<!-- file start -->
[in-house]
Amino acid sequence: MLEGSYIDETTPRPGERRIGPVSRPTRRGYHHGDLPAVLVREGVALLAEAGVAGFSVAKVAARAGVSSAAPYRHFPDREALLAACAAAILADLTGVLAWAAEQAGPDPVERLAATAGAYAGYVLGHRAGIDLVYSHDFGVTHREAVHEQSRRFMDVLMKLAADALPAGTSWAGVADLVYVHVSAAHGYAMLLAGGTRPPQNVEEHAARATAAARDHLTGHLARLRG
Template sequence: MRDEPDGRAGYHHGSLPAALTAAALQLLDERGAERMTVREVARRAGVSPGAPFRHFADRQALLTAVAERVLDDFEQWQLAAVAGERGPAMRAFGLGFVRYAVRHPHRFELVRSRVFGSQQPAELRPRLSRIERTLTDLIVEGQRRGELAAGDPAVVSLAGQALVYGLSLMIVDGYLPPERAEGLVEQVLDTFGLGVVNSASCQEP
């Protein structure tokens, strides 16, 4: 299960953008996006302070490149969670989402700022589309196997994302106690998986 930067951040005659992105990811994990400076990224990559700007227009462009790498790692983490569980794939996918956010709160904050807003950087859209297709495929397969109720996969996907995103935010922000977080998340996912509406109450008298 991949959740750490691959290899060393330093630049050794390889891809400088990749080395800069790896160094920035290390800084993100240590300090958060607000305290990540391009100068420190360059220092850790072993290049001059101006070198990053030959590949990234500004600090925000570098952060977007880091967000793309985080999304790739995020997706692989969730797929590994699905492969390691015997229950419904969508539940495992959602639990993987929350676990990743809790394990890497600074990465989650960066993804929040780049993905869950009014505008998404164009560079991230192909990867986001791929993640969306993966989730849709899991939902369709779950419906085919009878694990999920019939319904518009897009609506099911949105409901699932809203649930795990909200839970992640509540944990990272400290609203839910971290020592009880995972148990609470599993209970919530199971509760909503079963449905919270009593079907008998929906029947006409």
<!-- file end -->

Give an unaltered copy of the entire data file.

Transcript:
[in-house]
Amino acid sequence: MLEGSYIDETTPRPGERRIGPVSRPTRRGYHHGDLPAVLVREGVALLAEAGVAGFSVAKVAARAGVSSAAPYRHFPDREALLAACAAAILADLTGVLAWAAEQAGPDPVERLAATAGAYAGYVLGHRAGIDLVYSHDFGVTHREAVHEQSRRFMDVLMKLAADALPAGTSWAGVADLVYVHVSAAHGYAMLLAGGTRPPQNVEEHAARATAAARDHLTGHLARLRG
Template sequence: MRDEPDGRAGYHHGSLPAALTAAALQLLDERGAERMTVREVARRAGVSPGAPFRHFADRQALLTAVAERVLDDFEQWQLAAVAGERGPAMRAFGLGFVRYAVRHPHRFELVRSRVFGSQQPAELRPRLSRIERTLTDLIVEGQRRGELAAGDPAVVSLAGQALVYGLSLMIVDGYLPPERAEGLVEQVLDTFGLGVVNSASCQEP
């Protein structure tokens, strides 16, 4: 299960953008996006302070490149969670989402700022589309196997994302106690998986 930067951040005659992105990811994990400076990224990559700007227009462009790498790692983490569980794939996918956010709160904050807003950087859209297709495929397969109720996969996907995103935010922000977080998340996912509406109450008298 991949959740750490691959290899060393330093630049050794390889891809400088990749080395800069790896160094920035290390800084993100240590300090958060607000305290990540391009100068420190360059220092850790072993290049001059101006070198990053030959590949990234500004600090925000570098952060977007880091967000793309985080999304790739995020997706692989969730797929590994699905492969390691015997229950419904969508539940495992959602639990993987929350676990990743809790394990890497600074990465989650960066993804929040780049993905869950009014505008998404164009560079991230192909990867986001791929993640969306993966989730849709899991939902369709779950419906085919009878694990999920019939319904518009897009609506099911949105409901699932809203649930795990909200839970992640509540944990990272400290609203839910971290020592009880995972148990609470599993209970919530199971509760909503079963449905919270009593079907008998929906029947006409």